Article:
'We don't know what's happening': Police boss admits no arrests for spiking

Chief inspector Ed Brown 

Chief inspector Ed Brown - Credit: Neil Perry

A police boss has admitted that no arrests have been made amid a spate of drink spiking attacks - with authorities clueless as to what drugs are being used on victims. 

Norfolk Police confirmed it has now received reports of eight incidents in both Norwich and Great Yarmouth either by injection or drink spiking at pubs, clubs and bars over the past week.

But despite the terrifying rise in the cowardly crime the constabulary is still without any firm leads. 

However, chief inspector Ed Brown did reveal cops are working closely with venues and surveillance is now tracking every single person that enters a nightlife destinations in the city.

Chief insp. Brown said: "At the moment - it is important to stress - we have not had any noxious substances recovered from the victims in these types of incidents in Norfolk so we do not know exactly what's happening.

"And that's part of the problem.

"From a toxicology perspective these drugs go through the system quite quickly so unless we get that early evidential capture then we are potentially not going to know which drugs are being used.

"People are feeling a scratch, a pin prick or something similar while they are in a nightclub or after they have left the nightclub and they have found a mark on their body.

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"They are not sure what it is and then they have reported it to the police, or gone straight to hospital." 

Chief inspector Ed Brown at the top of Prince of Wales Road 

Chief inspector Ed Brown at the top of Prince of Wales Road - Credit: Neil Perry

The police chief believes increased awareness through the media and social platforms is giving people more confidence to report incidents and enable investigations to be carried out.

Cops are working with venues to examine CCTV footage as well as Scannet, which captures the details of every person entering a nightclub or bar. 

Although the police chief admitted no suspects or offenders have been identified at this stage he stressed that police are working hard to follow up reports. 

Close up Image Of Man Drugging Woman's Drink In Bar

Spiking drinks carries a maximum sentence of 10 years in prison. - Credit: Getty Images

Chief insp. Brown continued: "Many venues have got really good CCTV systems so that provides a  good investigative opportunity in response to reports we do see about spiking.

"If something happens we are going to have a reasonable idea of the people that were in that club and then be able to use the CCTV and other systems to track those offenders."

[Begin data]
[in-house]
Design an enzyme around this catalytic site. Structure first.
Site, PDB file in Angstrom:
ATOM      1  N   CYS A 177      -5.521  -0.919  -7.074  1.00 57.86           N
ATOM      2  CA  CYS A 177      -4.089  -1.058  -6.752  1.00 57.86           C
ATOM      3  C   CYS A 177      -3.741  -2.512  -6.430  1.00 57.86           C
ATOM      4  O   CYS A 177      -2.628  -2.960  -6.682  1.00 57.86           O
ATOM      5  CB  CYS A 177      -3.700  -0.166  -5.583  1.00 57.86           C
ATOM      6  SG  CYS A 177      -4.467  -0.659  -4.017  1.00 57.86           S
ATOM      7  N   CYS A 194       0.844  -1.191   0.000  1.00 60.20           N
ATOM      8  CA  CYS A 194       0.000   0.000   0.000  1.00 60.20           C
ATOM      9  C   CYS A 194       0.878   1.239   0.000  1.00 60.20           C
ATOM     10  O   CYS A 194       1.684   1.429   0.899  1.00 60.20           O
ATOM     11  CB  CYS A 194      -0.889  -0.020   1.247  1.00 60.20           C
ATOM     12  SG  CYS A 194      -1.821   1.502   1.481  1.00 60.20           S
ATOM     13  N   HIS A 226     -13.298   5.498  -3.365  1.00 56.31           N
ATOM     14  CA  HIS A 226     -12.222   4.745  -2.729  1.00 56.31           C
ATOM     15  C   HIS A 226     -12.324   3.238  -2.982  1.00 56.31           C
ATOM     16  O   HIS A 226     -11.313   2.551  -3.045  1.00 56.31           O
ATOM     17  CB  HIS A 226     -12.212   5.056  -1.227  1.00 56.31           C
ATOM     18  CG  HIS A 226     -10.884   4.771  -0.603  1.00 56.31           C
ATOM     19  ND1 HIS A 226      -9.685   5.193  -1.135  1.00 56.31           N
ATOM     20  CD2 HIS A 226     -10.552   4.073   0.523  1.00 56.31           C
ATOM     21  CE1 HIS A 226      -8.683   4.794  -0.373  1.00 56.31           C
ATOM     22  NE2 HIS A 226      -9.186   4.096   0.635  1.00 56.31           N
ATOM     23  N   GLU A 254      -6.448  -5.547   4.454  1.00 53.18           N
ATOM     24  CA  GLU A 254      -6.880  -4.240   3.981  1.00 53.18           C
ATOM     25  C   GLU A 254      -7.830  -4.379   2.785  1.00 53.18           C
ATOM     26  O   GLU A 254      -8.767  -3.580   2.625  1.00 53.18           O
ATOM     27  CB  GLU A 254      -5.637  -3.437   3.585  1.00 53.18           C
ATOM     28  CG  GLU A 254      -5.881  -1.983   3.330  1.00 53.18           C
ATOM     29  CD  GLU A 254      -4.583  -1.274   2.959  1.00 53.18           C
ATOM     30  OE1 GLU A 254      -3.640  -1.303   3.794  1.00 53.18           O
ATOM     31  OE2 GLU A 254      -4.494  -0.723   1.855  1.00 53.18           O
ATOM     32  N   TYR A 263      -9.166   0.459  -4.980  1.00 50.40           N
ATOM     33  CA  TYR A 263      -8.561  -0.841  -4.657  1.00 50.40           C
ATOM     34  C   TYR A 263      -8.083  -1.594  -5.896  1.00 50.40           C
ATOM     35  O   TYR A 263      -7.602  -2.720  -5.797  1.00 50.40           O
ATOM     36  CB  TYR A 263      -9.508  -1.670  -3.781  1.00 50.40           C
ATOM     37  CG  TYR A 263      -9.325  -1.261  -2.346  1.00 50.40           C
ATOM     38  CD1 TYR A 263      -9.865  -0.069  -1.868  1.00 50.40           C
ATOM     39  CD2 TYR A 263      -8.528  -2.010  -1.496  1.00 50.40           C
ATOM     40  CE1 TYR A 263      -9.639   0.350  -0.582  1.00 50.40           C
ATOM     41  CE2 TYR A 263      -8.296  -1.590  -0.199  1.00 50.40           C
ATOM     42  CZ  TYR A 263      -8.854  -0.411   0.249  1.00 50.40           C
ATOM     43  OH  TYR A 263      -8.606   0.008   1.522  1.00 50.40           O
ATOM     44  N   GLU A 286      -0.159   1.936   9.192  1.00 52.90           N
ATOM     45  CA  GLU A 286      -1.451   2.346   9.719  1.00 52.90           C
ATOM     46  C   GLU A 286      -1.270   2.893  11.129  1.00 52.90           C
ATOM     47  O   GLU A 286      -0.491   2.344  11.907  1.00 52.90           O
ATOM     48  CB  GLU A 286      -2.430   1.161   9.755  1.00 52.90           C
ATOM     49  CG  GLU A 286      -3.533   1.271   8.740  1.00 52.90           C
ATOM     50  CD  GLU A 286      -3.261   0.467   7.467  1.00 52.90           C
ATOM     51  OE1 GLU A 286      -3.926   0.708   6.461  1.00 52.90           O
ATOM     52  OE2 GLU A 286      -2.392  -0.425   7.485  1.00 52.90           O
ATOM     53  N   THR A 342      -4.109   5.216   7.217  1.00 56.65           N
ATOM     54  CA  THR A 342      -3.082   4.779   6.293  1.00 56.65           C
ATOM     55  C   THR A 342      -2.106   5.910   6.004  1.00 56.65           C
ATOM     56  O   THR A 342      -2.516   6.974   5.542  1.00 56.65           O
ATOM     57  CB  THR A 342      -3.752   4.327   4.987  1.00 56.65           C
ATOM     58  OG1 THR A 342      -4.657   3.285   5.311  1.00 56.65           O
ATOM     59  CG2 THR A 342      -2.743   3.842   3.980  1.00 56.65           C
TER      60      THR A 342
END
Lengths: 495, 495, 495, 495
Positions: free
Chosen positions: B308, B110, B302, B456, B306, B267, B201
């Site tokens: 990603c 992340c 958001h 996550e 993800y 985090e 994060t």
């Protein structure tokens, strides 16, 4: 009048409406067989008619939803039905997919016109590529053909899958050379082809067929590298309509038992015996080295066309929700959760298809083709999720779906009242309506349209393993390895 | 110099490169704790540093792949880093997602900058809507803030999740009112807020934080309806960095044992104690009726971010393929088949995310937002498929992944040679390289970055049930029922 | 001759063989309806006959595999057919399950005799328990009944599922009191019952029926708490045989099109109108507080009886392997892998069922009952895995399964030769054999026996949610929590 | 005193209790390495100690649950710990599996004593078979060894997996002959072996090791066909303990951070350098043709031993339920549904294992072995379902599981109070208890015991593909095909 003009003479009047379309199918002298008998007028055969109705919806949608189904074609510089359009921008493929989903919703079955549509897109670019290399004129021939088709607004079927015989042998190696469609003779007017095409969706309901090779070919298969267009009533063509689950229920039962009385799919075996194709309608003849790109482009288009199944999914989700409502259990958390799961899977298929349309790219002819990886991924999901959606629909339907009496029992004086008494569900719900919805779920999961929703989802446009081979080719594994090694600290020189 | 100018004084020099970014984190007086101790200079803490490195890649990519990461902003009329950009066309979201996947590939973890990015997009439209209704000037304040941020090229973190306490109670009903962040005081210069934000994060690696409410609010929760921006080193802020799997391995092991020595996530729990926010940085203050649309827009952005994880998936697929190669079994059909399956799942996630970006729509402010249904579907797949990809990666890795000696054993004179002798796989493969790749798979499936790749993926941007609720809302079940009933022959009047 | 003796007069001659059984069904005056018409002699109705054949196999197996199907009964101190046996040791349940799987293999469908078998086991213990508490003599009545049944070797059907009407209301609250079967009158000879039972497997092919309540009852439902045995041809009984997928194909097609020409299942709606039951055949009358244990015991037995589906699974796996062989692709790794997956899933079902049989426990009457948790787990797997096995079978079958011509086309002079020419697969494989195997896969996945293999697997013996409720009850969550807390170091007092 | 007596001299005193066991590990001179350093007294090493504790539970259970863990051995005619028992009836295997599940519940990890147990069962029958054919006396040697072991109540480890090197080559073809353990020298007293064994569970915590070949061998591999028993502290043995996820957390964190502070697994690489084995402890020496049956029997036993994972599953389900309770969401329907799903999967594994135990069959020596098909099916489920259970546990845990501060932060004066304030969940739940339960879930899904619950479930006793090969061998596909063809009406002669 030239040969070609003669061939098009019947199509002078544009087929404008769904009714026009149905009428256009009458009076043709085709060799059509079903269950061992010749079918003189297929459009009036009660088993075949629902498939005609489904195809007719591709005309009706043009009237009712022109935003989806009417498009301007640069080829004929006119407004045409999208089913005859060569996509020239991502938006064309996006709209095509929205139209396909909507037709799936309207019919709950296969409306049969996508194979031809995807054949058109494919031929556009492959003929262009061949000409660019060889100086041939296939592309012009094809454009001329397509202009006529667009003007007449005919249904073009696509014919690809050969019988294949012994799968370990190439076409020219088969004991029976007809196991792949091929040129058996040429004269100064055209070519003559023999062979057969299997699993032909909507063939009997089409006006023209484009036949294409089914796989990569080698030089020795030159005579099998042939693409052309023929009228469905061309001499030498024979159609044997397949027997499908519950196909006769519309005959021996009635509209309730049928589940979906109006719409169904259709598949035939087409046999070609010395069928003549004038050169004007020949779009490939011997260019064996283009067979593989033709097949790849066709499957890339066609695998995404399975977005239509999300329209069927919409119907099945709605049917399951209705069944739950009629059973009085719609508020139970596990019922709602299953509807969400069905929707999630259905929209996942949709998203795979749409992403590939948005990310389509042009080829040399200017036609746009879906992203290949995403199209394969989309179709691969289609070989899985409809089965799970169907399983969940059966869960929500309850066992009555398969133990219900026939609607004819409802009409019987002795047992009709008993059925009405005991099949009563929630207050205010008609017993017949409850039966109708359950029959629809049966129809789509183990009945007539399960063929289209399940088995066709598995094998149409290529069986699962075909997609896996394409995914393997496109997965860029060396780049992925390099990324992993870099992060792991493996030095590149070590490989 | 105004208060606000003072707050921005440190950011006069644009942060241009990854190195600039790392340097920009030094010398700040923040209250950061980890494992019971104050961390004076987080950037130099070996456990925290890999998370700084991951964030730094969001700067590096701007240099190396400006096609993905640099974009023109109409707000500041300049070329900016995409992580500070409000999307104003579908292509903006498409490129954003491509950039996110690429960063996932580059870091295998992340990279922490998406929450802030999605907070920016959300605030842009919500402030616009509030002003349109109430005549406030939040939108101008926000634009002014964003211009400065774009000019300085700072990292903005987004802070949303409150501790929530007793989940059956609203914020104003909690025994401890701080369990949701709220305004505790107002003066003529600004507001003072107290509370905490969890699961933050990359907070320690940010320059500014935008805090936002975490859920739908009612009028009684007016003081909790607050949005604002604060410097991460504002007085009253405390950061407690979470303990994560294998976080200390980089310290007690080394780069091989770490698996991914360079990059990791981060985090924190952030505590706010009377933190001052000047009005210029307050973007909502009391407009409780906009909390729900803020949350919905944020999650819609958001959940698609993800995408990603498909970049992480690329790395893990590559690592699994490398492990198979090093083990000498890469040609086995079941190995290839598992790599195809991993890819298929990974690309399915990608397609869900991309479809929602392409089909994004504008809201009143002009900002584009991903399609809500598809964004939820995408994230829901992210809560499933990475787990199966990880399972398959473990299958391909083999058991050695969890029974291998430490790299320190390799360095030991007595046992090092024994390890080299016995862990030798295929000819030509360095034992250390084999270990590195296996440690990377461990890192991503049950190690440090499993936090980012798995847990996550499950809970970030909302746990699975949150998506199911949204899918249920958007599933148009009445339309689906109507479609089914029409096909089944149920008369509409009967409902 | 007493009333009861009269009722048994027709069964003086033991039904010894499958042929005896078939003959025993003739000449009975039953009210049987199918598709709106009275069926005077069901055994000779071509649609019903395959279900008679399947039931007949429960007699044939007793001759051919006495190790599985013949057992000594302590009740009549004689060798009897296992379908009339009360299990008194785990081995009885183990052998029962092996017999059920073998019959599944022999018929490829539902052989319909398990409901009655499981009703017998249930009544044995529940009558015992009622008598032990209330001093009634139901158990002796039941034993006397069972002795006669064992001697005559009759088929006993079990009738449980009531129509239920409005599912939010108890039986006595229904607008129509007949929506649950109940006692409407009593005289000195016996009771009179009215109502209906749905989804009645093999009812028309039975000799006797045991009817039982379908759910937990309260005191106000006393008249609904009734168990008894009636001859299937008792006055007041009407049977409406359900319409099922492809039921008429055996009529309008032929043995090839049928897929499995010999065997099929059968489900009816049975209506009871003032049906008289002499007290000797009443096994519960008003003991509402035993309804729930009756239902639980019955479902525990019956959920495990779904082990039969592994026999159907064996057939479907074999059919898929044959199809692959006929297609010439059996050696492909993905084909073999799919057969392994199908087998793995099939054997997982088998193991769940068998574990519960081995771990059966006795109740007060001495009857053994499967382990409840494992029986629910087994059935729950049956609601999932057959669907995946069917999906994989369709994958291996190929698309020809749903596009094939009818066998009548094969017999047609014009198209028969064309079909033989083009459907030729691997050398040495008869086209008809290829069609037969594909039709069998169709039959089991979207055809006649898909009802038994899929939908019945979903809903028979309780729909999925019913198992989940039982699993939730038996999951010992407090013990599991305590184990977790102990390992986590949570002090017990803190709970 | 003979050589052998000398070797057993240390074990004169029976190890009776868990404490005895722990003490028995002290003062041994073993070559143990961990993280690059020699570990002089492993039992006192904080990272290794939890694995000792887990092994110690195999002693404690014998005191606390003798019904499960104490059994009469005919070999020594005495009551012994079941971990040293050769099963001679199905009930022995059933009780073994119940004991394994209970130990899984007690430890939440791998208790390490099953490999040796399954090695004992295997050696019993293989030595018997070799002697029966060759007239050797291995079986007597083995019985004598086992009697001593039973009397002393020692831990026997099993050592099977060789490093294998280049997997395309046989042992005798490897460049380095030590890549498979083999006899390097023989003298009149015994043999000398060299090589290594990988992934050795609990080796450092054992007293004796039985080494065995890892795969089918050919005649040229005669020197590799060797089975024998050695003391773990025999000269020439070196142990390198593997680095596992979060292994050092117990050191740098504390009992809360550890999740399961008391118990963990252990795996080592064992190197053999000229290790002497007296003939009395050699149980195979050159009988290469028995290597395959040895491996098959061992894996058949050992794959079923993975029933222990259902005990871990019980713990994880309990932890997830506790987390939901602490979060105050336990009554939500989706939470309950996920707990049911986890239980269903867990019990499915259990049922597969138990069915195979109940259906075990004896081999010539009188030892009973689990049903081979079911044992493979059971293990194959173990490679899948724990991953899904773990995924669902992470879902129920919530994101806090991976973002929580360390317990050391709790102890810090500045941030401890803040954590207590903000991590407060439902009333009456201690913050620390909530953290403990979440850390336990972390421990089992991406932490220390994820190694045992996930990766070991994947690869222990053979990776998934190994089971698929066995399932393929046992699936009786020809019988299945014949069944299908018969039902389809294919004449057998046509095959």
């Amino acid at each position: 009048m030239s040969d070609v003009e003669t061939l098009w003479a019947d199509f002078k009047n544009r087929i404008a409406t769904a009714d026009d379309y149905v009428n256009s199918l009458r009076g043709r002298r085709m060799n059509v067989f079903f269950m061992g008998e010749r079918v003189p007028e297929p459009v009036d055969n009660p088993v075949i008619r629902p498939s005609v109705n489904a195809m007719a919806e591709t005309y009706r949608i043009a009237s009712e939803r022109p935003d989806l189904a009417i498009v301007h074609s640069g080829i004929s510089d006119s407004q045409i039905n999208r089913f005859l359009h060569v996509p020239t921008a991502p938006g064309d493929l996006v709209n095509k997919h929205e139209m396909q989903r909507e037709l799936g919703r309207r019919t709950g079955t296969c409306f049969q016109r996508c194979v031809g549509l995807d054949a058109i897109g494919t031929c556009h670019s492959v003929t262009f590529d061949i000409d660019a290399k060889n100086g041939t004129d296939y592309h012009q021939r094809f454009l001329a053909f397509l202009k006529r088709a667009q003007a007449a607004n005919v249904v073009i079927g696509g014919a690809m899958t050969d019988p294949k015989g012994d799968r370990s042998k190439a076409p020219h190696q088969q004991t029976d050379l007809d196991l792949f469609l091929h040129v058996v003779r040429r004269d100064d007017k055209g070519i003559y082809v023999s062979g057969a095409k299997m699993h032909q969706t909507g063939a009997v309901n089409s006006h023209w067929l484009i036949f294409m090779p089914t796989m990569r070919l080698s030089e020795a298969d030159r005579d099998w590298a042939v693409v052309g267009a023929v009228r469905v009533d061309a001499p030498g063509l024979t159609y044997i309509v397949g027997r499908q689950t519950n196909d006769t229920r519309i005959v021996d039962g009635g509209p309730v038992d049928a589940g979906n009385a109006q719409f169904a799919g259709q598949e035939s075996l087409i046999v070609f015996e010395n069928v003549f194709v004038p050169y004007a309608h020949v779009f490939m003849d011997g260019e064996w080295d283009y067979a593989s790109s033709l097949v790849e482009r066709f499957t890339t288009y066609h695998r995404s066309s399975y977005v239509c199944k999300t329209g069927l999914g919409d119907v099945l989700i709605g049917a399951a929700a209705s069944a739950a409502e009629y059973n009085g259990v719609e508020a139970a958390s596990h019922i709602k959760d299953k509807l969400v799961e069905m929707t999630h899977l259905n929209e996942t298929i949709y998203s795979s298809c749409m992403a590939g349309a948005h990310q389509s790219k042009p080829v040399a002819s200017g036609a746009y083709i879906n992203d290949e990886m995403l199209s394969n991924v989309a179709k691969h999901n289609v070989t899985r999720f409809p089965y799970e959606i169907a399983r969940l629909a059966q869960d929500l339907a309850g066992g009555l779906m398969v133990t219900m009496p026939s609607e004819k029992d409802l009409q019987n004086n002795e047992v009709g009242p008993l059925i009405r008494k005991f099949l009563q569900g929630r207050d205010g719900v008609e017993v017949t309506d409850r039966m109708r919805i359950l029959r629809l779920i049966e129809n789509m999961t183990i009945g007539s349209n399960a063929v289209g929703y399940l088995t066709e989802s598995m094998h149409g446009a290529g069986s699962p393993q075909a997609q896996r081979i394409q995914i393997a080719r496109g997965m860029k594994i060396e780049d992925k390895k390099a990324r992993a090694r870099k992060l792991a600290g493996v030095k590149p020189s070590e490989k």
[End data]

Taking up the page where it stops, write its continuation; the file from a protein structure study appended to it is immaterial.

Ahead of the busy Halloween weekend, chief insp Brown is calling on people to look out for one another and themselves if they are heading out to enjoy the nightlife. 

He added: "We have a response plan in place to deal with drink spiking incidents with all officers in the constabulary whether they be uniformed frontline cops or our CID (Criminal Investigation Department) colleagues who follow up the investigation.

"We have got a good response plan to follow to maximise forensic and investigative opportunities. 

"The second part of that is from a preventative point of view. It is working with the pubs, clubs and bars to increase searching, to improve CCTV, increase that bystander awareness of things to look out for to make it a really hostile place for criminals." 

Reports to police have shown the victims are mainly women, but the issue has been known to affect men as well. 

City venues such as Cans 'N' Cocktails and Epic Studios have begun introducing foil-lined plastic lids - called StopTopps - as a preventative measure against the spiking. 

Chief insp Brown said venues can also consider bag and body searches as a condition of entry if it is appropriate to make people feel safe. 

He also advises people to be aware of anyone acting differently or on their own during the night. 

In response to the question of the motives behind the crime, chief insp Brown said: "I think it is too early to say to be honest. We could speculate and say is there a sexual motive behind it? Is it anti-social behaviour, or is it just people being awkward?

"We have seen people coming back out into the night-time economy after the pandemic, some for the first time so we are perhaps seeing a slightly different dynamic."

Further advice and help is available at www.drinkaware.co.uk.